There are reminders everywhere that, not so long ago, this was a living, breathing, mini city. This was once the island library.


Governors Island Library

I took a look through the windows and there were even still books inside.


Sign Outside of Governors Island Library

Here is where the residents came to get some food, drop off a little dry cleaning, or even get their hair done.


Abandoned Stores

Need to get your teeth cleaned or get a new filling? Then the dentist is where you’ll need to go. It looks like they are closed for lunch though.


Sign Outside of Dental Clinic

I don’t think this Auto Service Center could fix any vehicles these days.


Abandoned Auto Service Center

Apparently there was even a golf course.


Rusted Golf Course Sign

There are reminders everywhere of the U.S. Coast Guard’s 30 year home on the island, like this now abandoned station house.


Abandoned Coast Guard Station

For commanding officers of the island, here is the Admirals House a National Historic Landmark since 1967. Notice the two canons that sit on either side of the walkway.


Front View of Admiral’s House

The oldest structure on the island is the Governors house. It was used for many years by some of New York’s Royal Governors.


Governors Island – Governor’s House – Photo from Wikipedia

Records for this house indicate that it could have been erected as early as 1702!


Plaque Attached to The Governor’s House

For the faithful, there’s even an elaborate church.


Interior of Church

The pews have since been removed, but you get the idea.


Church Alter and Lectern

I’m sure there were many children baptized here over the island’s long history.


Baptismal Font

The weekend I visited, there was actually a 1920’s festival. Complete with traditional dancing.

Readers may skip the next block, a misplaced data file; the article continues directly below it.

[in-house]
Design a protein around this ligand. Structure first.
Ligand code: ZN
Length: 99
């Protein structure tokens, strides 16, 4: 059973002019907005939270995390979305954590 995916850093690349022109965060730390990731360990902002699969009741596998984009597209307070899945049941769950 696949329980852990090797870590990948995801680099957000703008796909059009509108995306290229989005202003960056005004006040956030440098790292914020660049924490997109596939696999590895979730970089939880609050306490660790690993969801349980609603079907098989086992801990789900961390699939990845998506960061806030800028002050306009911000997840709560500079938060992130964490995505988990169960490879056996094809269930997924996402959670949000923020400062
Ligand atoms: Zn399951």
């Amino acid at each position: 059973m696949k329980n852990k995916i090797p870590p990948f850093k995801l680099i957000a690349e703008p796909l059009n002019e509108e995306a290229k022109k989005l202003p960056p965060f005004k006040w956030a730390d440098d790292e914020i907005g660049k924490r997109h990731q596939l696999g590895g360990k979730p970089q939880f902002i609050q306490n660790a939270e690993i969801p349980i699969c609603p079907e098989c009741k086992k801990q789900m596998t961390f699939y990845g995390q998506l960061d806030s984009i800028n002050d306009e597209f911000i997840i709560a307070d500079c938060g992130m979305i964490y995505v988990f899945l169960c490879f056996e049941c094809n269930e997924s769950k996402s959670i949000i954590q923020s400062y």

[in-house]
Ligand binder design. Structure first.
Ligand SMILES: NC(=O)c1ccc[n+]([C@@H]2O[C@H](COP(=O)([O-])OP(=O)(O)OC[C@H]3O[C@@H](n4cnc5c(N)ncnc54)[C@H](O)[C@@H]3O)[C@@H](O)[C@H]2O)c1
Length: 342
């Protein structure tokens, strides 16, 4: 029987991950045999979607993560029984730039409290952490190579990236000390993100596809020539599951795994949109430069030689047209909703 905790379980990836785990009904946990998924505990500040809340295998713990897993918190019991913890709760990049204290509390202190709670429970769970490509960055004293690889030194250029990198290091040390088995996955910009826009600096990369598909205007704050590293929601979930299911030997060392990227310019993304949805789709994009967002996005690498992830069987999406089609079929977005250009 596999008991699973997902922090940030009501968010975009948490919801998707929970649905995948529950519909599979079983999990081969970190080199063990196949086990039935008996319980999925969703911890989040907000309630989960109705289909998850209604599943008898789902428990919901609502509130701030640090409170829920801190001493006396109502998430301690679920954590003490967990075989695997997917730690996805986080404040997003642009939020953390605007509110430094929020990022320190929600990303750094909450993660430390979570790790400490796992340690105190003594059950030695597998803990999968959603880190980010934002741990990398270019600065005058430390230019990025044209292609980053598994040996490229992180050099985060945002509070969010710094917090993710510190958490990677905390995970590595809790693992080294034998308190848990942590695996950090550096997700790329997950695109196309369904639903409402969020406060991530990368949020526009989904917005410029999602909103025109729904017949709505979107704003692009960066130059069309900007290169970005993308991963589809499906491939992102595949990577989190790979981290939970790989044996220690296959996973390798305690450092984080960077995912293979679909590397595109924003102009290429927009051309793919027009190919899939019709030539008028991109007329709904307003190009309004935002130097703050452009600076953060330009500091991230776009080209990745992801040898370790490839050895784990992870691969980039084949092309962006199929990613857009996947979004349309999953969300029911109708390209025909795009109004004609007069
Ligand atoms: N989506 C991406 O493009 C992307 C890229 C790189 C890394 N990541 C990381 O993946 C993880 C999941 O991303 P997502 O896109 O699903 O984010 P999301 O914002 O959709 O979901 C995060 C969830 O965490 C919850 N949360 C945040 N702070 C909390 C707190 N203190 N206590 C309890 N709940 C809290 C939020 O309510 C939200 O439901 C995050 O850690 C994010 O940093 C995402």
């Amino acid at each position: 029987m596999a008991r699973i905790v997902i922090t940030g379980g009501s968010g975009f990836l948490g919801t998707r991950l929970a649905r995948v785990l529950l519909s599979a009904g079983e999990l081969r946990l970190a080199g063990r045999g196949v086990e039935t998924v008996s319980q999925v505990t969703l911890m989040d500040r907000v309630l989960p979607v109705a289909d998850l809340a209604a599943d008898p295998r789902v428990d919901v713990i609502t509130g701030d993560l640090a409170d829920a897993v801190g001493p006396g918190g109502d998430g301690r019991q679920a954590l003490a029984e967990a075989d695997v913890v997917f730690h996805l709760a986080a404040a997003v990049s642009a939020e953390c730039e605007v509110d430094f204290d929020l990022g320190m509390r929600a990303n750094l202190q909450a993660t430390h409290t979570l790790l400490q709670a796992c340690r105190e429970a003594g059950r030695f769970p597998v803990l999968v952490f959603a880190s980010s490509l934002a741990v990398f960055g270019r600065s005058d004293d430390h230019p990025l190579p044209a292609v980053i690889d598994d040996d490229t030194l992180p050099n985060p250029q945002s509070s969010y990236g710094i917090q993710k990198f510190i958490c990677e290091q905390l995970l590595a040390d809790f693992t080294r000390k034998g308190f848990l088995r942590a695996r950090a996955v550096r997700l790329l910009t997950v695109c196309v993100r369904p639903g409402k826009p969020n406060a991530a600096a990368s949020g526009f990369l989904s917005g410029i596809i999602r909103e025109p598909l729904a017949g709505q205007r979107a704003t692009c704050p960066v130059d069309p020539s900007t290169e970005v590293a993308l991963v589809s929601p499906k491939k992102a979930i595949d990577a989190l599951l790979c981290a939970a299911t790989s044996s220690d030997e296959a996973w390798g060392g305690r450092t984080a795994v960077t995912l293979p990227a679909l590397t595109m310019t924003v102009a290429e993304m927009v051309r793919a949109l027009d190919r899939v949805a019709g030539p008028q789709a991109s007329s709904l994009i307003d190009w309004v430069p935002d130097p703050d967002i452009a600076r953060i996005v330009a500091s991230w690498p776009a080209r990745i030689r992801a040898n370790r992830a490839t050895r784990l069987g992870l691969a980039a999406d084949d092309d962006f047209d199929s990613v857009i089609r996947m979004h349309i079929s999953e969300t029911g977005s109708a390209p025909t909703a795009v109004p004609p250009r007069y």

Roaring 20’s Festival on Governors Island

A little picnicking.


People in 1920’s Period Clothing Enjoying a Picnic

Some roaring 20’s music complete with a live band and gramophones.


Classic Gramophones

And even some oldie time photos…


Man Taking Photos With Historic Camera

Don’t forget the classic cars.


Classic Historic Cars

At every portion of the island, you find yourself discovering something interesting. For example, just off the coast of the island is this interesting building.


Vent Building on Governors Island

It’s actually a vent structure for the Brooklyn Battery tunnel and has it’s own long standing history in the city of New York.

The octagonal building began construction in the 1940’s.


Vent Building During Construction – Photo From MTA

While on the island, it’s quite and serine.


Guide Signs on Governors Island with Lower Manhattan in Background

It’s actually hard to forget that you’re just a stones throw away from lower Manhattan.


Lower Manhattan Photographed from Governors Island

And the Brooklyn and Manhattan bridges.


Brooklyn and Manhattan Bridges

Docking back at the terminal, you realize, even the Ferry Building is truly a work of art.


Battery Maritime Building

So if you find yourself visiting New York City for a bit, I would highly recommend taking a trip to Governors Island to take a step back in history and learn a little about New York’s past. I can assure you that you’ll also enjoy a beautiful day in the New York harbor with a view not seen very often.

If you’re interested in history like this, check out photos from my visit to the abandoned South Side Ellis Island Hospital Complex once closed to the public for over 50 years.